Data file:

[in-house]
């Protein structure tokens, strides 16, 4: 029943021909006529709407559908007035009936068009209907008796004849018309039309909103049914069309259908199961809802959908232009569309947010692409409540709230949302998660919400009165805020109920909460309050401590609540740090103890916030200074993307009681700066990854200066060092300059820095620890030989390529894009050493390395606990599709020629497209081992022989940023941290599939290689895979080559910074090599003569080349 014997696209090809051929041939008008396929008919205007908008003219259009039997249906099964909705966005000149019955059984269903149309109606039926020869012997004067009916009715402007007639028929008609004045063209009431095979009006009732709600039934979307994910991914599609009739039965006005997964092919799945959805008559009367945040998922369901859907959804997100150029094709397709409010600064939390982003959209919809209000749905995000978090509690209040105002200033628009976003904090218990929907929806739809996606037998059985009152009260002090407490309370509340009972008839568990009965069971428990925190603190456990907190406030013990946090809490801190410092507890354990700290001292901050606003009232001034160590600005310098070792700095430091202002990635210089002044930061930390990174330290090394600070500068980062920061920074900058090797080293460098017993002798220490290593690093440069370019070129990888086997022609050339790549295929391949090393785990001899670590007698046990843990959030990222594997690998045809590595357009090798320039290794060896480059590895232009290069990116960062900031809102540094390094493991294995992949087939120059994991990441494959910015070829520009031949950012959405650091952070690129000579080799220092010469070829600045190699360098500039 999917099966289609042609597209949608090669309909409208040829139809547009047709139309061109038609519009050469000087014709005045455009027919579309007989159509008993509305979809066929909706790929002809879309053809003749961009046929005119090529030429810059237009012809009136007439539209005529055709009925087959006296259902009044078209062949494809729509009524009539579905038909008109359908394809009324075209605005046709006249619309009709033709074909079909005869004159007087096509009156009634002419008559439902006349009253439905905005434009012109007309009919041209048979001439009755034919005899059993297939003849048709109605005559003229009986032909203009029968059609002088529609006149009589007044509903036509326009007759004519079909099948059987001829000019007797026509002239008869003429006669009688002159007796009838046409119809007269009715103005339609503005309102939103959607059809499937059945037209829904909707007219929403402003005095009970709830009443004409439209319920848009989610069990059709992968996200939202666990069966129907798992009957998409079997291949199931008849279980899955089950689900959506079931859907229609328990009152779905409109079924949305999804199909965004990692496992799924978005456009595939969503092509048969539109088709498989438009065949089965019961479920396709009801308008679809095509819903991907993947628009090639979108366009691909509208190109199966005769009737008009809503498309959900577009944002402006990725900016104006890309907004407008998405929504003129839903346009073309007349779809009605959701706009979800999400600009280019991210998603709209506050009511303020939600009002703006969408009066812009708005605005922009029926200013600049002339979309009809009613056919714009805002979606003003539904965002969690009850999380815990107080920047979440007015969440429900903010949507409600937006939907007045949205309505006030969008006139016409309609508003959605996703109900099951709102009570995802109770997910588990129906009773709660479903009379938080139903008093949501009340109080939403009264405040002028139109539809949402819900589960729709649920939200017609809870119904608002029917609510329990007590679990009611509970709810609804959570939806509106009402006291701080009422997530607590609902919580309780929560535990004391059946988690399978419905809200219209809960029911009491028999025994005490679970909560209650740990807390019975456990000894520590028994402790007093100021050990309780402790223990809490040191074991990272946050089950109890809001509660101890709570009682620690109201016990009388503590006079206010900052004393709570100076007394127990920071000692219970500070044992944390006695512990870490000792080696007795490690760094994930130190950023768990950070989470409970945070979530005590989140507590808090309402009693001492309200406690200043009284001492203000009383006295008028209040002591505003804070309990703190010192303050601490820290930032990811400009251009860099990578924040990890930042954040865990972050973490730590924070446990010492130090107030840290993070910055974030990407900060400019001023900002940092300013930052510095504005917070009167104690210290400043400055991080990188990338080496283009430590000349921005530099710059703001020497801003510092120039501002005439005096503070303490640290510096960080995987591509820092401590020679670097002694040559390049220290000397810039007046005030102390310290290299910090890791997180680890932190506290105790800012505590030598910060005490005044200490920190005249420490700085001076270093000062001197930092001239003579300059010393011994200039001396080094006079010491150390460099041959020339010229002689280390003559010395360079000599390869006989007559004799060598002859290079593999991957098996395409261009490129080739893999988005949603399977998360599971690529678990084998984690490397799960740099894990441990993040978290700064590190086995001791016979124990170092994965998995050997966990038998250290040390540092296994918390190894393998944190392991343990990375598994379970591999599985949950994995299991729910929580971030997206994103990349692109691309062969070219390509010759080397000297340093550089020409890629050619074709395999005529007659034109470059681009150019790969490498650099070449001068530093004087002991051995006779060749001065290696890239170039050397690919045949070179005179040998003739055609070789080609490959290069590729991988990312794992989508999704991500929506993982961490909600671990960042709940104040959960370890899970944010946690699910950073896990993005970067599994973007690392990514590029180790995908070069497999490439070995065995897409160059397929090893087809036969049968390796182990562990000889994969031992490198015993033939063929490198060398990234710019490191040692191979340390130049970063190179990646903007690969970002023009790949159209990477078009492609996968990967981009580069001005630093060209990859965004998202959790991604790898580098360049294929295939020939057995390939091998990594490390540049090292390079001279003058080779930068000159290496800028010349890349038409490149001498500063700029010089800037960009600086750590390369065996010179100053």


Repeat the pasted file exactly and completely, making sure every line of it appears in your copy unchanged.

[in-house]
């Protein structure tokens, strides 16, 4: 029943021909006529709407559908007035009936068009209907008796004849018309039309909103049914069309259908199961809802959908232009569309947010692409409540709230949302998660919400009165805020109920909460309050401590609540740090103890916030200074993307009681700066990854200066060092300059820095620890030989390529894009050493390395606990599709020629497209081992022989940023941290599939290689895979080559910074090599003569080349 014997696209090809051929041939008008396929008919205007908008003219259009039997249906099964909705966005000149019955059984269903149309109606039926020869012997004067009916009715402007007639028929008609004045063209009431095979009006009732709600039934979307994910991914599609009739039965006005997964092919799945959805008559009367945040998922369901859907959804997100150029094709397709409010600064939390982003959209919809209000749905995000978090509690209040105002200033628009976003904090218990929907929806739809996606037998059985009152009260002090407490309370509340009972008839568990009965069971428990925190603190456990907190406030013990946090809490801190410092507890354990700290001292901050606003009232001034160590600005310098070792700095430091202002990635210089002044930061930390990174330290090394600070500068980062920061920074900058090797080293460098017993002798220490290593690093440069370019070129990888086997022609050339790549295929391949090393785990001899670590007698046990843990959030990222594997690998045809590595357009090798320039290794060896480059590895232009290069990116960062900031809102540094390094493991294995992949087939120059994991990441494959910015070829520009031949950012959405650091952070690129000579080799220092010469070829600045190699360098500039 999917099966289609042609597209949608090669309909409208040829139809547009047709139309061109038609519009050469000087014709005045455009027919579309007989159509008993509305979809066929909706790929002809879309053809003749961009046929005119090529030429810059237009012809009136007439539209005529055709009925087959006296259902009044078209062949494809729509009524009539579905038909008109359908394809009324075209605005046709006249619309009709033709074909079909005869004159007087096509009156009634002419008559439902006349009253439905905005434009012109007309009919041209048979001439009755034919005899059993297939003849048709109605005559003229009986032909203009029968059609002088529609006149009589007044509903036509326009007759004519079909099948059987001829000019007797026509002239008869003429006669009688002159007796009838046409119809007269009715103005339609503005309102939103959607059809499937059945037209829904909707007219929403402003005095009970709830009443004409439209319920848009989610069990059709992968996200939202666990069966129907798992009957998409079997291949199931008849279980899955089950689900959506079931859907229609328990009152779905409109079924949305999804199909965004990692496992799924978005456009595939969503092509048969539109088709498989438009065949089965019961479920396709009801308008679809095509819903991907993947628009090639979108366009691909509208190109199966005769009737008009809503498309959900577009944002402006990725900016104006890309907004407008998405929504003129839903346009073309007349779809009605959701706009979800999400600009280019991210998603709209506050009511303020939600009002703006969408009066812009708005605005922009029926200013600049002339979309009809009613056919714009805002979606003003539904965002969690009850999380815990107080920047979440007015969440429900903010949507409600937006939907007045949205309505006030969008006139016409309609508003959605996703109900099951709102009570995802109770997910588990129906009773709660479903009379938080139903008093949501009340109080939403009264405040002028139109539809949402819900589960729709649920939200017609809870119904608002029917609510329990007590679990009611509970709810609804959570939806509106009402006291701080009422997530607590609902919580309780929560535990004391059946988690399978419905809200219209809960029911009491028999025994005490679970909560209650740990807390019975456990000894520590028994402790007093100021050990309780402790223990809490040191074991990272946050089950109890809001509660101890709570009682620690109201016990009388503590006079206010900052004393709570100076007394127990920071000692219970500070044992944390006695512990870490000792080696007795490690760094994930130190950023768990950070989470409970945070979530005590989140507590808090309402009693001492309200406690200043009284001492203000009383006295008028209040002591505003804070309990703190010192303050601490820290930032990811400009251009860099990578924040990890930042954040865990972050973490730590924070446990010492130090107030840290993070910055974030990407900060400019001023900002940092300013930052510095504005917070009167104690210290400043400055991080990188990338080496283009430590000349921005530099710059703001020497801003510092120039501002005439005096503070303490640290510096960080995987591509820092401590020679670097002694040559390049220290000397810039007046005030102390310290290299910090890791997180680890932190506290105790800012505590030598910060005490005044200490920190005249420490700085001076270093000062001197930092001239003579300059010393011994200039001396080094006079010491150390460099041959020339010229002689280390003559010395360079000599390869006989007559004799060598002859290079593999991957098996395409261009490129080739893999988005949603399977998360599971690529678990084998984690490397799960740099894990441990993040978290700064590190086995001791016979124990170092994965998995050997966990038998250290040390540092296994918390190894393998944190392991343990990375598994379970591999599985949950994995299991729910929580971030997206994103990349692109691309062969070219390509010759080397000297340093550089020409890629050619074709395999005529007659034109470059681009150019790969490498650099070449001068530093004087002991051995006779060749001065290696890239170039050397690919045949070179005179040998003739055609070789080609490959290069590729991988990312794992989508999704991500929506993982961490909600671990960042709940104040959960370890899970944010946690699910950073896990993005970067599994973007690392990514590029180790995908070069497999490439070995065995897409160059397929090893087809036969049968390796182990562990000889994969031992490198015993033939063929490198060398990234710019490191040692191979340390130049970063190179990646903007690969970002023009790949159209990477078009492609996968990967981009580069001005630093060209990859965004998202959790991604790898580098360049294929295939020939057995390939091998990594490390540049090292390079001279003058080779930068000159290496800028010349890349038409490149001498500063700029010089800037960009600086750590390369065996010179100053």